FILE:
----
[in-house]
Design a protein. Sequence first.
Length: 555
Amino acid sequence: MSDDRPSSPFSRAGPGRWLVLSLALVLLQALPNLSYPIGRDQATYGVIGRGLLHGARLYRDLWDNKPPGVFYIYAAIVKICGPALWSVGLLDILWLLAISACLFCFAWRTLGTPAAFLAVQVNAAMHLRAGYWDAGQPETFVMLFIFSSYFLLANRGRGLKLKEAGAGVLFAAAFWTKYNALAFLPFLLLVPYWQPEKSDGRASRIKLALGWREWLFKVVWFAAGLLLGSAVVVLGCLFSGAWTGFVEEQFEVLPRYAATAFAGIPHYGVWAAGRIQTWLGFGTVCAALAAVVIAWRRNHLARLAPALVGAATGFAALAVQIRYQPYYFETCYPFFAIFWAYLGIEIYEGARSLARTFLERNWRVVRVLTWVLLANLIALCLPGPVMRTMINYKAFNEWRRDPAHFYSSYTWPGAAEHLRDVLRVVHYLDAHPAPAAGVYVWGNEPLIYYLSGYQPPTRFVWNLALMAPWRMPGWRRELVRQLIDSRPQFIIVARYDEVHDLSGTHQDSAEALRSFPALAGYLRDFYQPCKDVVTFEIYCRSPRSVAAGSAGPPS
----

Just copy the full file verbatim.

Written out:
[in-house]
Design a protein. Sequence first.
Length: 555
Amino acid sequence: MSDDRPSSPFSRAGPGRWLVLSLALVLLQALPNLSYPIGRDQATYGVIGRGLLHGARLYRDLWDNKPPGVFYIYAAIVKICGPALWSVGLLDILWLLAISACLFCFAWRTLGTPAAFLAVQVNAAMHLRAGYWDAGQPETFVMLFIFSSYFLLANRGRGLKLKEAGAGVLFAAAFWTKYNALAFLPFLLLVPYWQPEKSDGRASRIKLALGWREWLFKVVWFAAGLLLGSAVVVLGCLFSGAWTGFVEEQFEVLPRYAATAFAGIPHYGVWAAGRIQTWLGFGTVCAALAAVVIAWRRNHLARLAPALVGAATGFAALAVQIRYQPYYFETCYPFFAIFWAYLGIEIYEGARSLARTFLERNWRVVRVLTWVLLANLIALCLPGPVMRTMINYKAFNEWRRDPAHFYSSYTWPGAAEHLRDVLRVVHYLDAHPAPAAGVYVWGNEPLIYYLSGYQPPTRFVWNLALMAPWRMPGWRRELVRQLIDSRPQFIIVARYDEVHDLSGTHQDSAEALRSFPALAGYLRDFYQPCKDVVTFEIYCRSPRSVAAGSAGPPS